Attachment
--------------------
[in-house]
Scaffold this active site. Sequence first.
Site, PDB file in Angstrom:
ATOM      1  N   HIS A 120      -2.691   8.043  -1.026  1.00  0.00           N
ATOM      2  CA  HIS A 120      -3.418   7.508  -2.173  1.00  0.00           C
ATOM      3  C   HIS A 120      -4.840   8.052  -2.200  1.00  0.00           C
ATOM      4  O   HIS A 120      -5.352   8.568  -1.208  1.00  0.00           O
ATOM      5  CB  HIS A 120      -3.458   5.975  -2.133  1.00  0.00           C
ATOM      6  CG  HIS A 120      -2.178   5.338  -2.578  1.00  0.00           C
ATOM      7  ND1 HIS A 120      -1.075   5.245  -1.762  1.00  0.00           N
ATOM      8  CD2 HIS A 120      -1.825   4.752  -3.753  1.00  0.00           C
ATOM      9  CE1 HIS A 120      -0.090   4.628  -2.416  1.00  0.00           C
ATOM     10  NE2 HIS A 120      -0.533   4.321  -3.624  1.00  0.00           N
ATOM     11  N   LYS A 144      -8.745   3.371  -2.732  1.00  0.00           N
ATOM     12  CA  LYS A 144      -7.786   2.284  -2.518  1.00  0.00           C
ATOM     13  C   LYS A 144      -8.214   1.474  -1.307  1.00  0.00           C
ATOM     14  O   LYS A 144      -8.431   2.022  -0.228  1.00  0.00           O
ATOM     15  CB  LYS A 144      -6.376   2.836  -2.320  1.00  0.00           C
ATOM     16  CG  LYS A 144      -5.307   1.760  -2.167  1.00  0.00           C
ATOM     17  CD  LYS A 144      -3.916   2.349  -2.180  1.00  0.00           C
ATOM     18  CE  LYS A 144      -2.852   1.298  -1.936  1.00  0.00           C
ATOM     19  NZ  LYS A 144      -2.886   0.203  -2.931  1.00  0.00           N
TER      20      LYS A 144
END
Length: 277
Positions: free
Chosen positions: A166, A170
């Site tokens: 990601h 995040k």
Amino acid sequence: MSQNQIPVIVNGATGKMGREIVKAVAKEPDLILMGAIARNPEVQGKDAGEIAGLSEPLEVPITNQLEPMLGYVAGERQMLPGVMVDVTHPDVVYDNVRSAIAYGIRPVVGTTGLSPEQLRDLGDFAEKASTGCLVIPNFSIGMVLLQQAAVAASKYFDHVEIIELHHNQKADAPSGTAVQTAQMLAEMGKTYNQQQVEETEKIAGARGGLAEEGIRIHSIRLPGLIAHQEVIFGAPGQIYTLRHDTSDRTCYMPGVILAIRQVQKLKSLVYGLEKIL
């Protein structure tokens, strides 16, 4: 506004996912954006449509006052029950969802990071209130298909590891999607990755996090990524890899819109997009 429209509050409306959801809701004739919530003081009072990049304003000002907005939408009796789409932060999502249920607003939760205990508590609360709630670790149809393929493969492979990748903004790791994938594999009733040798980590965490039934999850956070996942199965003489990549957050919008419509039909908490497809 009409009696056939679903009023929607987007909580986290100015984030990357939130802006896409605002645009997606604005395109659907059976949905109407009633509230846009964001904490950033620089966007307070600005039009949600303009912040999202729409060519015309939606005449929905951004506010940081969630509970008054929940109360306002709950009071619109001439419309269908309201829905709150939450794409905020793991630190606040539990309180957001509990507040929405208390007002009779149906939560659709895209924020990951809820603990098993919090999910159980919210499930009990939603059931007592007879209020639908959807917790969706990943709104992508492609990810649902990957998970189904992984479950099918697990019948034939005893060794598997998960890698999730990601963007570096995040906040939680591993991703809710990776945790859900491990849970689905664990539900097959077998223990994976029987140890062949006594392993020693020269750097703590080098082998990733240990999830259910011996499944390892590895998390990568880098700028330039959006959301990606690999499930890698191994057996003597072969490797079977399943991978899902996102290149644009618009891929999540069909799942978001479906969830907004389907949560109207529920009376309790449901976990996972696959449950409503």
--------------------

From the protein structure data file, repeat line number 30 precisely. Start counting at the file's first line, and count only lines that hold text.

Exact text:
């Protein structure tokens, strides 16, 4: 506004996912954006449509006052029950969802990071209130298909590891999607990755996090990524890899819109997009 429209509050409306959801809701004739919530003081009072990049304003000002907005939408009796789409932060999502249920607003939760205990508590609360709630670790149809393929493969492979990748903004790791994938594999009733040798980590965490039934999850956070996942199965003489990549957050919008419509039909908490497809 009409009696056939679903009023929607987007909580986290100015984030990357939130802006896409605002645009997606604005395109659907059976949905109407009633509230846009964001904490950033620089966007307070600005039009949600303009912040999202729409060519015309939606005449929905951004506010940081969630509970008054929940109360306002709950009071619109001439419309269908309201829905709150939450794409905020793991630190606040539990309180957001509990507040929405208390007002009779149906939560659709895209924020990951809820603990098993919090999910159980919210499930009990939603059931007592007879209020639908959807917790969706990943709104992508492609990810649902990957998970189904992984479950099918697990019948034939005893060794598997998960890698999730990601963007570096995040906040939680591993991703809710990776945790859900491990849970689905664990539900097959077998223990994976029987140890062949006594392993020693020269750097703590080098082998990733240990999830259910011996499944390892590895998390990568880098700028330039959006959301990606690999499930890698191994057996003597072969490797079977399943991978899902996102290149644009618009891929999540069909799942978001479906969830907004389907949560109207529920009376309790449901976990996972696959449950409503």